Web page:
NEW YORK (AP) -- Tim Tebow is coming to New York. Really.
After a big false start, the New York Jets on Wednesday got the quarterback who turned the Denver Broncos from an also-ran into a playoff team last season and became the NFL's most talked-about player -- for a fourth- and six-round draft pick.
Now Tebowmania is opening on Broadway.
Eight hours after initially agreeing to a deal, the teams completed the trade that was hung up earlier Wednesday when the Jets apparently balked at repaying Denver more than $5 million for a salary advance due Tebow. ESPN reported that the two sides had agreed to split that cost.
The Jets also will get a seventh-rounder.
Denver started shopping Tebow after signing Peyton Manning, and the Jets were considered a long shot as late as Tuesday night. But New York went hard after Tebow, envisioning him as a versatile complement to starter Mark Sanchez, who received a $40.5 million contract extension, with $20.5 million guaranteed, earlier this month. The Jets also had pursued Manning, but fell out of that race early when there wasn't mutual interest.
As part of Tebow's $11.25 million, five-year contract he signed as a rookie in 2010, he had a $6.277 million advance due 29 days after the start of the 2011 league year. That money was paid to him in August after the NFL lockout ended. The trade stalled over the payment the Jets would owe the Broncos from that advance.
That allowed Jacksonville to get back into the hunt, and it came down to the Jaguars and Jets.
"As a former player, I know the last two weeks were not easy for Tim," Denver's John Elway said in a statement. "He was put in a difficult situation, and I commend him for how he handled it with the same first-class manner he displayed throughout his career in Denver."
Despite ultimately pulling off the deal for Tebow, it's just another bizarre moment for the Jets, a team that has had its share of them over the years, conjuring memories of Bill Belichick's hiring as coach and his resignation one day later.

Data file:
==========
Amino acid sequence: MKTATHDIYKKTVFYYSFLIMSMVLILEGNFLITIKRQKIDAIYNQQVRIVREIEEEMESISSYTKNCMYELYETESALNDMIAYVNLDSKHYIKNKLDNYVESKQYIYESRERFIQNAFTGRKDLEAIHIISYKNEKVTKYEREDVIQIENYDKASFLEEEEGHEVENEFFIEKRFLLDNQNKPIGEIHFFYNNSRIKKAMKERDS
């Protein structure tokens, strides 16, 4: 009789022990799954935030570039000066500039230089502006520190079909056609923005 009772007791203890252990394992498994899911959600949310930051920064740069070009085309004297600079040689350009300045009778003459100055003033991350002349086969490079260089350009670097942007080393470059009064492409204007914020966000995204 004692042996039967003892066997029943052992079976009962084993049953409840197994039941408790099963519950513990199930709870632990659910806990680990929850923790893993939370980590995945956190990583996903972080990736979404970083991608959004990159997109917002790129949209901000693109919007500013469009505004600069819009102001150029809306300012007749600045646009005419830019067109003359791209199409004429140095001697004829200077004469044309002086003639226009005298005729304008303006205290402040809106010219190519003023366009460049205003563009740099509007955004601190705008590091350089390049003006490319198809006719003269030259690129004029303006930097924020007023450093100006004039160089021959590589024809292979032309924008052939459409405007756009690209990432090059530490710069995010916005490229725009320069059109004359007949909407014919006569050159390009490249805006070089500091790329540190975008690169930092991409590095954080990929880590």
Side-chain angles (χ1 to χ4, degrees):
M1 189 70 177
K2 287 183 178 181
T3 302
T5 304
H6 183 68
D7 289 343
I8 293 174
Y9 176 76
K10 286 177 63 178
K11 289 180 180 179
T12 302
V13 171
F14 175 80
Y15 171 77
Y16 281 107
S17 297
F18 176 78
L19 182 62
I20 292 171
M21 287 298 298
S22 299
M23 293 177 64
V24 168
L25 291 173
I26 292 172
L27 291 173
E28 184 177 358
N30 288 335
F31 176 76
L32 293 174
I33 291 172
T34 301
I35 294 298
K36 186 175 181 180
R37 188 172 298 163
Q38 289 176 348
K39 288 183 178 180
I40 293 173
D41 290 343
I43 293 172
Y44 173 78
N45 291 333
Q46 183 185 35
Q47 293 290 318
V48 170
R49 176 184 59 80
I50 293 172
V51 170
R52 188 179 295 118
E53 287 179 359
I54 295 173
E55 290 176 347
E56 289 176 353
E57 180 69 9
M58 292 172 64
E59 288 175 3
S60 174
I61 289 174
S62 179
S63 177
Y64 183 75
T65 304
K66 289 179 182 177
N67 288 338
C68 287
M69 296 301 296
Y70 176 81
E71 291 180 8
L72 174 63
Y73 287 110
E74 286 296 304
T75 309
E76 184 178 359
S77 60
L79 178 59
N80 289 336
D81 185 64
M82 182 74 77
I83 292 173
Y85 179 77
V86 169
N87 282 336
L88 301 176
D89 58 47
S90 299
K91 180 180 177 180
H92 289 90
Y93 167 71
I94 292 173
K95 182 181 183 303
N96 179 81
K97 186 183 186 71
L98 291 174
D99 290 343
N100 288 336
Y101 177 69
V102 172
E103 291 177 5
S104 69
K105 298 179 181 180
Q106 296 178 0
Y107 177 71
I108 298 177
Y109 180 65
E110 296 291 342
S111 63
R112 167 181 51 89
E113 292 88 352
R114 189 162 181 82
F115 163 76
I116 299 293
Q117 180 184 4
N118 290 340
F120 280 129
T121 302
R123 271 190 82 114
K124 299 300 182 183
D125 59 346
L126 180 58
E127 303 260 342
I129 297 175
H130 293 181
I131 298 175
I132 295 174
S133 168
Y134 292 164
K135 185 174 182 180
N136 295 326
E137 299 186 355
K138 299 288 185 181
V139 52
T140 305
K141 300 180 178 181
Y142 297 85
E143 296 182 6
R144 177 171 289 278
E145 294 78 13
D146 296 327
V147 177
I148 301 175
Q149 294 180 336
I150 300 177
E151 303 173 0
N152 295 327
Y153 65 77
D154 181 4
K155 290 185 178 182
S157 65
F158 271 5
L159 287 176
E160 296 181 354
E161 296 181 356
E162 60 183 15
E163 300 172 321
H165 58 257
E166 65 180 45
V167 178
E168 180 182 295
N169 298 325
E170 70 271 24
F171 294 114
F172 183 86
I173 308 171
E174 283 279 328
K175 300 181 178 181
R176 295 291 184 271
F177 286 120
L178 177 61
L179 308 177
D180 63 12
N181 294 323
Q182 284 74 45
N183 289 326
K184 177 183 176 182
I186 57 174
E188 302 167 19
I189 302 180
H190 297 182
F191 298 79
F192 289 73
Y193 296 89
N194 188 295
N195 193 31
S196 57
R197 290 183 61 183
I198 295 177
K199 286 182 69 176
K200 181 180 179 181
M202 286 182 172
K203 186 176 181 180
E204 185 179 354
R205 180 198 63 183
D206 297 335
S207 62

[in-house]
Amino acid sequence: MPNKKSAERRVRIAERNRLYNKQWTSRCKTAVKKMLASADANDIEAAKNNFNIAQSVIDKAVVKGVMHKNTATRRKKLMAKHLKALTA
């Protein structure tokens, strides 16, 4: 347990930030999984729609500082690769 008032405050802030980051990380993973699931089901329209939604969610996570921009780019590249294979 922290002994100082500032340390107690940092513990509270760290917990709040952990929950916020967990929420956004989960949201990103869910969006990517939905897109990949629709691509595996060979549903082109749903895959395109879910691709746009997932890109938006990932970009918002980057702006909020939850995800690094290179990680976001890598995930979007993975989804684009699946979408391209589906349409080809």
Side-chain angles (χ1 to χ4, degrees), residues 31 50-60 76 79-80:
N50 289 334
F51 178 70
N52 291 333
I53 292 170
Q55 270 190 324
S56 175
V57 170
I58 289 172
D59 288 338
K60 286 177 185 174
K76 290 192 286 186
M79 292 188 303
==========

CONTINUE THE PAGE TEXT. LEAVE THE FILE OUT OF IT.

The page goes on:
"Timsanity" now will take over New York, just a few weeks after "Linsanity" swept the New York area and the rest of the NBA with the Knicks' sensational Jeremy Lin.
But not everyone's a fan.
Hall of Fame quarterback Joe Namath, who led the Jets to their only Super Bowl title in 1969, was among those unhappy.
"I'm just sorry that I can't agree with this situation. I think it's just a publicity stunt. I can't go with it. I think it's wrong," Namath told 1050 ESPN Radio on Wednesday. "I don't think they know what they're doing over there."
The Jets will certainly have lots of explaining to do: Where was the misunderstanding? Who didn't read the fine print? Why did the Jets announce the trade on its site and Facebook page before it was completely done?
Sure, they got headlines and were the talk of sports radio -- even on a day when the New Orleans Saints received unprecedented punishment from the NFL for a bounty system that rocked the football world. Head coach Sean Payton was suspended without pay for next season, and former defensive coordinator Greg Williams, now with St. Louis, was banned indefinitely.
But even all that couldn't overshadow another embarrassing episode for a franchise that has had to explain away several missteps in recent years.